Letters

Letters 08-31-2015

Inalienable Rights This is a response to the “No More State Theatre” in your August 24th edition. I think I will not be the only response to this pathetic and narrow-minded letter that seems rather out of place in the northern Michigan that I know. To think we will not be getting your 25 cents for the movie you refused to see, but more importantly we will be without your “two cents” on your thoughts of a marriage at the State Theatre...

Enthusiastically Democratic Since I was one of the approximately 160 people present at when Senator Debbie Stabenow spoke on August 14 in Charlevoix, I was surprised to read in a letter to Northern Express that there was a “rather muted” response to Debbie’s announcement that she has endorsed Hillary Clinton for president...

Not Hurting I surely think the State Theatre will survive not having the homophobic presence of Colleen Smith and her family attend any matinees. I think “Ms.” Smith might also want to make sure that any medical personnel, bank staff, grocery store staff, waiters and/or waitress, etc. are not homosexual before accepting any service or product from them...

Stay Home I did not know whether to laugh or cry when I read the letter of the extremely homophobic, “disgusted” writer. She now refuses to patronize the State Theatre because she evidently feels that its confines have been poisoned by the gay wedding ceremony held there...

Keep Away In response to Colleen Smith of Cadillac who refused to bring her family to the State Theatre because there was a gay wedding there: Keep your 25 cents and your family out of Traverse City...

Celebrating Moore And A Theatre I was 10 years old when I had the privilege to see my first film at the State Theatre. I will never forget that experience. The screen was almost the size of my bedroom I shared with my older sister. The bursting sounds made me believe I was part of the film...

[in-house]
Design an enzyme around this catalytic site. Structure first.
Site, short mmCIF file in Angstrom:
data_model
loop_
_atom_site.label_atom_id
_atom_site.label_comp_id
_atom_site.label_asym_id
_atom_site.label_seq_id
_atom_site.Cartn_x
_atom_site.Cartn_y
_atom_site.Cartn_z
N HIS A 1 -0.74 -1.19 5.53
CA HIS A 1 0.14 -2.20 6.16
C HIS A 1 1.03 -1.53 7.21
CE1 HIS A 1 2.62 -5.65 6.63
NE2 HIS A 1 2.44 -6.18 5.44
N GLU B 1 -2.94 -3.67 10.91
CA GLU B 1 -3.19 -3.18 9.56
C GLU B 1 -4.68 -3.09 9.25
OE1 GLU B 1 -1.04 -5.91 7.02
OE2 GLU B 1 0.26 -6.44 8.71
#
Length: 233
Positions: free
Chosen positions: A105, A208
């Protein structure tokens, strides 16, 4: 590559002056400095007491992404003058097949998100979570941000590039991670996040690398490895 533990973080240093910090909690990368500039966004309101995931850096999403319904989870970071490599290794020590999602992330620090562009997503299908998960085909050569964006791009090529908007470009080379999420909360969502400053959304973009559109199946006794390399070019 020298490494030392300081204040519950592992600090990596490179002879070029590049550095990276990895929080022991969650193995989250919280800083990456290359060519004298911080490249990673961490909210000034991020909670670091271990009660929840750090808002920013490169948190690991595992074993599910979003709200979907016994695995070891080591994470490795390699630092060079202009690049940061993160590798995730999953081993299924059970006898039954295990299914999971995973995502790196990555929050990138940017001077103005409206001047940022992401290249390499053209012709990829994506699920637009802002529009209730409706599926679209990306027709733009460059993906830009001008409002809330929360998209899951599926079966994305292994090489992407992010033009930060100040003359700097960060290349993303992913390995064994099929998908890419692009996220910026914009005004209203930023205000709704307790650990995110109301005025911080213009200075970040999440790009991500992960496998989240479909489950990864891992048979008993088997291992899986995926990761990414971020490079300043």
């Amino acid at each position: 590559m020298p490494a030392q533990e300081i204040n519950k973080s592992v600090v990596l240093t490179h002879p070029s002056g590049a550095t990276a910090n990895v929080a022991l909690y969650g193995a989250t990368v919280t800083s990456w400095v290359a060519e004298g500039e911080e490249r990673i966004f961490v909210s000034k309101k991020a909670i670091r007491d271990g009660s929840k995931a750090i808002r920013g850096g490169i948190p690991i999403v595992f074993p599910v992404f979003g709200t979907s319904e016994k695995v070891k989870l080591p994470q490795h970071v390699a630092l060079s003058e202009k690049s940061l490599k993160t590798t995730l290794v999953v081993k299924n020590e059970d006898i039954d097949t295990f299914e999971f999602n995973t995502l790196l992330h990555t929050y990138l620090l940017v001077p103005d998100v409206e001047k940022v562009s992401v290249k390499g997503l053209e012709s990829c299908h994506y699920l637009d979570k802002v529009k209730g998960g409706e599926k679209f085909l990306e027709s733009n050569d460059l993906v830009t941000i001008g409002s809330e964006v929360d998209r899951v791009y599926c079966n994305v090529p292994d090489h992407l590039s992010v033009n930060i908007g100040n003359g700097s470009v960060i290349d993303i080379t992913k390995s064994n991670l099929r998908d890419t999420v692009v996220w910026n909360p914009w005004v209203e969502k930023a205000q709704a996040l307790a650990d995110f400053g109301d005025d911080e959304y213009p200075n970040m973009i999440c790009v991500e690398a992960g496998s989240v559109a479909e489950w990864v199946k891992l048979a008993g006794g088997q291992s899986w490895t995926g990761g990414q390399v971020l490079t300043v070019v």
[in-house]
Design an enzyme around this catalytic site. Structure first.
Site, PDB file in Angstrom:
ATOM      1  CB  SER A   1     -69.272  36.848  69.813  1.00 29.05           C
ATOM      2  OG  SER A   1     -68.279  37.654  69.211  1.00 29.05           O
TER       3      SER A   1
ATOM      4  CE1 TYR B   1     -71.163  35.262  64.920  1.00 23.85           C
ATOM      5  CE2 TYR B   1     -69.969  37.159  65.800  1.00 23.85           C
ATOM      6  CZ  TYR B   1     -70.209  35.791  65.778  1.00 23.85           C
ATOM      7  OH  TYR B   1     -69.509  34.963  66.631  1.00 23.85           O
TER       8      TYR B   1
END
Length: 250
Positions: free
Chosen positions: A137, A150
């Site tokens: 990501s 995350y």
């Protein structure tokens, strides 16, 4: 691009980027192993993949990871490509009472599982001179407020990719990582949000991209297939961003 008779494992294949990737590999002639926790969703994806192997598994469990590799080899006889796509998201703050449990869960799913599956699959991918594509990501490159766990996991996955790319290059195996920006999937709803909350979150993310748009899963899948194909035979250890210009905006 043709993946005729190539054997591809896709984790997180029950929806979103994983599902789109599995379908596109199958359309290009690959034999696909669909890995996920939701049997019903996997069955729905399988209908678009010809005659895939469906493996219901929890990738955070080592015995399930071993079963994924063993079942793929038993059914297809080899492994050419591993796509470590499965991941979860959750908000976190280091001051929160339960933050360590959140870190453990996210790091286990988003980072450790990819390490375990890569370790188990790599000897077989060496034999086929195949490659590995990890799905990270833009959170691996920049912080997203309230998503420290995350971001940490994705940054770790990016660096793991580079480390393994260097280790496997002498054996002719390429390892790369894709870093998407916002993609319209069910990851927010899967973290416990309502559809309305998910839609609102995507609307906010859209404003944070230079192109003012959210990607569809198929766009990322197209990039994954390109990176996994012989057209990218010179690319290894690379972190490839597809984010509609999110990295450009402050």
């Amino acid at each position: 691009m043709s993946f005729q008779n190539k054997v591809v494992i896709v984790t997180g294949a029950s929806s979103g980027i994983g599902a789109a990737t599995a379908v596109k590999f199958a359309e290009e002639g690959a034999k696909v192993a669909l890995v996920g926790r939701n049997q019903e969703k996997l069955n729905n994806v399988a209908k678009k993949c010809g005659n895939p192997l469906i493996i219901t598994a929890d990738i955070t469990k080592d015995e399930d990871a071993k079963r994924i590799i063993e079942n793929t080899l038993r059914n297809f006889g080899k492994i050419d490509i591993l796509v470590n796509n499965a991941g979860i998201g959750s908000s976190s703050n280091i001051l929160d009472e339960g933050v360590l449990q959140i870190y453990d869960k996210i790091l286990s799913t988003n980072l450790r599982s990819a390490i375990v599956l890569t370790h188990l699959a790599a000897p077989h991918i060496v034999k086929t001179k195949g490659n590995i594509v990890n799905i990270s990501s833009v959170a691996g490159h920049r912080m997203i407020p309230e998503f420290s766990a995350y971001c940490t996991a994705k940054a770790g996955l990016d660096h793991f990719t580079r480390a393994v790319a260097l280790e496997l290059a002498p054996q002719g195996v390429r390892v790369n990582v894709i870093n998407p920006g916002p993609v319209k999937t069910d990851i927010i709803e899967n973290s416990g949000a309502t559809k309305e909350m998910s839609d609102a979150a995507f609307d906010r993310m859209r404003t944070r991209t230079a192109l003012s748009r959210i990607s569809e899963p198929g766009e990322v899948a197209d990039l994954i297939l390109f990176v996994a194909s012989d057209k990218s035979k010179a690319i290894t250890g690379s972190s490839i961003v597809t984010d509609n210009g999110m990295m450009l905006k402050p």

Outdated Thinking This letter is in response to Colleen Smith. She made public her choice to no longer go to the State Theater due to the fact that “some homosexuals” got married there. I’m not outraged by her choice; we don’t need any more hateful, self-righteous bigots in our town. She can keep her 25 cents...

Mackinac Pipeline Must Be Shut Down Crude oil flowing through Enbridge’s 60-yearold pipeline beneath the Mackinac Straits and the largest collection of fresh water on the planet should be a serious concern for every resident of the USA and Canada. Enbridge has a very “accident” prone track record...

Your Rights To Colleen, who wrote about the State Theatre: Let me thank you for sharing your views; I think most of us are well in support of the first amendment, because as you know- it gives everyone the opportunity to express their opinions. I also wanted to thank Northern Express for not shutting down these types of letters right at the source but rather giving the community a platform for education...

No Role Model [Fascinating Person from last week’s issue] Jada quoted: “I want to be a role model for girls who are interested in being in the outdoors.” I enjoy being in the outdoors, but I don’t want to kill animals for trophy...

Home · Articles · News · Region Watch · Cardboard classic
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Cardboard classic

Express Staff - March 17th, 2005
A Northern Michigan tradition goes on the slide this Saturday, March 19, when Shanty Creek hosts its 18th annual Cardboard Classic in conjunction with 106 KHQ Radio.
Utilizing only cardboard, glue, tape and paint for their sleds, contestants will race the slopes at Schuss Mountain.
The weekend will also feature nine hours of nonstop music at Ivan‘s Restaurant at Schuss Village both Friday and Saturday.
Prizes for the Cardboard Classic will be awarded in Adult and Junior divisions for single sleds or team entries. Judging for the design awards will begin at 11:30 a.m. when racers line up at the foot of the course. The race begins at noon on the lower portion of The Face. Registration for the event is free and takes place from 9am -11am in Ivan‘s Restaurant at Schuss Village. Racers must wear helmets.